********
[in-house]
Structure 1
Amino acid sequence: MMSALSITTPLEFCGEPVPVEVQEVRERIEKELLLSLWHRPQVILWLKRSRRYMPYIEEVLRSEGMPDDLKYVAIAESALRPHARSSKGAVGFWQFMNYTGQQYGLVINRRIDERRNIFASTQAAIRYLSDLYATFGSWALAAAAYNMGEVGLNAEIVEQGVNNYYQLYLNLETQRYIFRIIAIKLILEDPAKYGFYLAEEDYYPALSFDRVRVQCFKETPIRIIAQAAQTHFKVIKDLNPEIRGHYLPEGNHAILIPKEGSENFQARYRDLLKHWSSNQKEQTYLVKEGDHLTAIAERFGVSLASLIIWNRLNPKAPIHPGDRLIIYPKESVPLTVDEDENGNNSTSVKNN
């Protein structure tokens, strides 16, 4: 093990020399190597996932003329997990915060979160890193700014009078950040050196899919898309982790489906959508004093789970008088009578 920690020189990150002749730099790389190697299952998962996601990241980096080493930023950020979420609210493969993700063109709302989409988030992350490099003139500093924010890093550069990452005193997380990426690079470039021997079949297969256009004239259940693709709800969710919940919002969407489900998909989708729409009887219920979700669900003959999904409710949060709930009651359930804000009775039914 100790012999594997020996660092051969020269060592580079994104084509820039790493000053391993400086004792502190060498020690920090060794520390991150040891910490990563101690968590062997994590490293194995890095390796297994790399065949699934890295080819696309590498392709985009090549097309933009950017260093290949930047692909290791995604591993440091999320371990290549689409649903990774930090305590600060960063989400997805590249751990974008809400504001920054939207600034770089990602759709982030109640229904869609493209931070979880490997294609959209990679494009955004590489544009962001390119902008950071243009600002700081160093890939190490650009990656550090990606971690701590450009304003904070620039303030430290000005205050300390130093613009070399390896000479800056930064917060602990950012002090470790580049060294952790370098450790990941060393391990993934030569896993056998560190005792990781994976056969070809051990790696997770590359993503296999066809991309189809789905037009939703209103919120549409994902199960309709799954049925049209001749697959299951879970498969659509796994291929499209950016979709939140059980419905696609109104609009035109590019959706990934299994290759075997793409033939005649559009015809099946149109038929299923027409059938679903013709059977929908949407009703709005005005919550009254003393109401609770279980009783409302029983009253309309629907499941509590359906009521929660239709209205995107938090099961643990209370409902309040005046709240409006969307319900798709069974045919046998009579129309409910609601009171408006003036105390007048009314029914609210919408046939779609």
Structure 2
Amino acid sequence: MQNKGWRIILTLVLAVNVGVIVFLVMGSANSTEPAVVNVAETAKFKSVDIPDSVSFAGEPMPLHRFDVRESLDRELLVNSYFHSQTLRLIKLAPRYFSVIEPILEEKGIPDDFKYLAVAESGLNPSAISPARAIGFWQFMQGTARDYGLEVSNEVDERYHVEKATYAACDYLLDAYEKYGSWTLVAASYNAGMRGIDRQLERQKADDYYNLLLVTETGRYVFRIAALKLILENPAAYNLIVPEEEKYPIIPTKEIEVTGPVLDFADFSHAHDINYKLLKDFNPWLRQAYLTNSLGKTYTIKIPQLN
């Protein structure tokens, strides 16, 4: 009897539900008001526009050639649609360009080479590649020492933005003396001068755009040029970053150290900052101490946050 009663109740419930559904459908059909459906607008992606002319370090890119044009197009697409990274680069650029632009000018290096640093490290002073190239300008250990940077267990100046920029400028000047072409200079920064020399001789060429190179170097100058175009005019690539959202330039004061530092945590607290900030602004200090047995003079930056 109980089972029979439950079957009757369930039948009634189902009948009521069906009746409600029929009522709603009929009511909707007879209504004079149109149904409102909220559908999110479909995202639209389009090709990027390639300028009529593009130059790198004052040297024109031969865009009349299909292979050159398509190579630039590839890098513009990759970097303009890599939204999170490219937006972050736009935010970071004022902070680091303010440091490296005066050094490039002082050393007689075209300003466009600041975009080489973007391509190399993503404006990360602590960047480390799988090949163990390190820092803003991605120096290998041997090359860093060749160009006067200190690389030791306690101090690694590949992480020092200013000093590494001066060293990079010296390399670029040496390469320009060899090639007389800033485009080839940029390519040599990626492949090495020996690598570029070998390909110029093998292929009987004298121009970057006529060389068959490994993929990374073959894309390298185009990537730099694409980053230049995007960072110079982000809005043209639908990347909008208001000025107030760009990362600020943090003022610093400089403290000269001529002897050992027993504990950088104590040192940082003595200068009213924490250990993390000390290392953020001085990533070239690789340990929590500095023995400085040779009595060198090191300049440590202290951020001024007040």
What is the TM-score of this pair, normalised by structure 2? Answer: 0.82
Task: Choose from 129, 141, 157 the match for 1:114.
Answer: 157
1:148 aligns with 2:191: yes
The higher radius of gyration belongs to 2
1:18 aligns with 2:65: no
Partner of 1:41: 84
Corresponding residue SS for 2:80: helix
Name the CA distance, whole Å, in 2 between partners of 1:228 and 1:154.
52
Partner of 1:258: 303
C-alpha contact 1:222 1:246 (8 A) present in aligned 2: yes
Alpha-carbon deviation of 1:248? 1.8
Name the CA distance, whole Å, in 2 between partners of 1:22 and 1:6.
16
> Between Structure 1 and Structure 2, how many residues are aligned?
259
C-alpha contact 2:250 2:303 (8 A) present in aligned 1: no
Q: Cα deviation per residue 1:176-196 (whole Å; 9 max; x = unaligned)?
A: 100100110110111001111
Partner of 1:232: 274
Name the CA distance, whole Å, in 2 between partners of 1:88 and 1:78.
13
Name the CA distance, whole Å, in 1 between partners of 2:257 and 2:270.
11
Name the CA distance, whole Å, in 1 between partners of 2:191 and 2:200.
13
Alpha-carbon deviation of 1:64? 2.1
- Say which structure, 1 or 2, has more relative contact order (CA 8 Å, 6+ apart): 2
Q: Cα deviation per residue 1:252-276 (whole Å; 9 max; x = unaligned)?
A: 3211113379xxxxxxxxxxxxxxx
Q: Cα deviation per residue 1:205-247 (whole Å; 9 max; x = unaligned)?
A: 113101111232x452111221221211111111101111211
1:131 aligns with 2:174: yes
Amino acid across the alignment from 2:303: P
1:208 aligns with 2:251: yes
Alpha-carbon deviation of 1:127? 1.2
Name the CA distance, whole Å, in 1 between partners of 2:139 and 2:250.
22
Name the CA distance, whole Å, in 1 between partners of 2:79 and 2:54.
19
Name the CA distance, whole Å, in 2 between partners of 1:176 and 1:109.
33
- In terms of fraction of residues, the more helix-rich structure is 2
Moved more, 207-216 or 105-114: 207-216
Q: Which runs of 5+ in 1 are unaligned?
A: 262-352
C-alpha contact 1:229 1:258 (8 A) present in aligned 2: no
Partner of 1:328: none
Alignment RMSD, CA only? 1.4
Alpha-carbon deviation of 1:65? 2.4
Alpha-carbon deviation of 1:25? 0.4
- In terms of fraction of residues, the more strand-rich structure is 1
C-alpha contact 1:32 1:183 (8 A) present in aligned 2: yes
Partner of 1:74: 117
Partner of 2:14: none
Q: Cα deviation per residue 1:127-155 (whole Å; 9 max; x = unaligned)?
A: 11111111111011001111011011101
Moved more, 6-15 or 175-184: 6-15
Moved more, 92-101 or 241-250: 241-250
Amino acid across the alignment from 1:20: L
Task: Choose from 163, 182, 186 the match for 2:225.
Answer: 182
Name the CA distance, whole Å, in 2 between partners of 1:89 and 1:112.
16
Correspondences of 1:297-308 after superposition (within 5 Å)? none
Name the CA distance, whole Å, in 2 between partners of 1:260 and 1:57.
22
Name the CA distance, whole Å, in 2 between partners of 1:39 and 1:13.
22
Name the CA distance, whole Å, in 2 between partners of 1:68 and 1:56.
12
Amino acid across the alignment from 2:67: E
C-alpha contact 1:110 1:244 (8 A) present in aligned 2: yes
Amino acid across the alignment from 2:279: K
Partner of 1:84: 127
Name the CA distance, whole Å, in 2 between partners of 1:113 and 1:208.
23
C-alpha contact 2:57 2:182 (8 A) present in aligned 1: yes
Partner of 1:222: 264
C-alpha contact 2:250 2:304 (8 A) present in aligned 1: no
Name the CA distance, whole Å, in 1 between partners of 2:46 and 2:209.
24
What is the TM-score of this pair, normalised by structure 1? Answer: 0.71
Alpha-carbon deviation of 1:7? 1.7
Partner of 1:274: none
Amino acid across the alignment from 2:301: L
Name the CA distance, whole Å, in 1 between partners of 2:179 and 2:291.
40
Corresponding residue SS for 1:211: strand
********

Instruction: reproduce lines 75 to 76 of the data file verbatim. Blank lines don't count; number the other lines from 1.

22
Name the CA distance, whole Å, in 2 between partners of 1:39 and 1:13.